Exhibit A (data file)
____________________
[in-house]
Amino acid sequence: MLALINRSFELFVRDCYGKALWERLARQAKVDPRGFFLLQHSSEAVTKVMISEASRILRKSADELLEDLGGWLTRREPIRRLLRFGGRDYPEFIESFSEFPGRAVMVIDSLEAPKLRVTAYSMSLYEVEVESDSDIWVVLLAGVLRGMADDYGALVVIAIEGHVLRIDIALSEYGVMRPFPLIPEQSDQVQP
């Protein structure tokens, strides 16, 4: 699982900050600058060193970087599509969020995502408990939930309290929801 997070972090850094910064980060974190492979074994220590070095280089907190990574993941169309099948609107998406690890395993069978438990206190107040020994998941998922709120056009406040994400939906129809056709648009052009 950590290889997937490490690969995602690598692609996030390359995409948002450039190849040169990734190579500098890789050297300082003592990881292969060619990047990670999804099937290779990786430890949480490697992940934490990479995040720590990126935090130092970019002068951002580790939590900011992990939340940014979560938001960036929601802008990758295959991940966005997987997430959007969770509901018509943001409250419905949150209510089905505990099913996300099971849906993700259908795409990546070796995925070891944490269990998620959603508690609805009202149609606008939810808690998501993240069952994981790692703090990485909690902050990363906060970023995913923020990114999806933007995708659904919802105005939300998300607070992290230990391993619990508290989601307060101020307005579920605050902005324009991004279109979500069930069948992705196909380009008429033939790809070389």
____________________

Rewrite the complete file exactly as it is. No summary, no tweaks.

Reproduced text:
[in-house]
Amino acid sequence: MLALINRSFELFVRDCYGKALWERLARQAKVDPRGFFLLQHSSEAVTKVMISEASRILRKSADELLEDLGGWLTRREPIRRLLRFGGRDYPEFIESFSEFPGRAVMVIDSLEAPKLRVTAYSMSLYEVEVESDSDIWVVLLAGVLRGMADDYGALVVIAIEGHVLRIDIALSEYGVMRPFPLIPEQSDQVQP
């Protein structure tokens, strides 16, 4: 699982900050600058060193970087599509969020995502408990939930309290929801 997070972090850094910064980060974190492979074994220590070095280089907190990574993941169309099948609107998406690890395993069978438990206190107040020994998941998922709120056009406040994400939906129809056709648009052009 950590290889997937490490690969995602690598692609996030390359995409948002450039190849040169990734190579500098890789050297300082003592990881292969060619990047990670999804099937290779990786430890949480490697992940934490990479995040720590990126935090130092970019002068951002580790939590900011992990939340940014979560938001960036929601802008990758295959991940966005997987997430959007969770509901018509943001409250419905949150209510089905505990099913996300099971849906993700259908795409990546070796995925070891944490269990998620959603508690609805009202149609606008939810808690998501993240069952994981790692703090990485909690902050990363906060970023995913923020990114999806933007995708659904919802105005939300998300607070992290230990391993619990508290989601307060101020307005579920605050902005324009991004279109979500069930069948992705196909380009008429033939790809070389």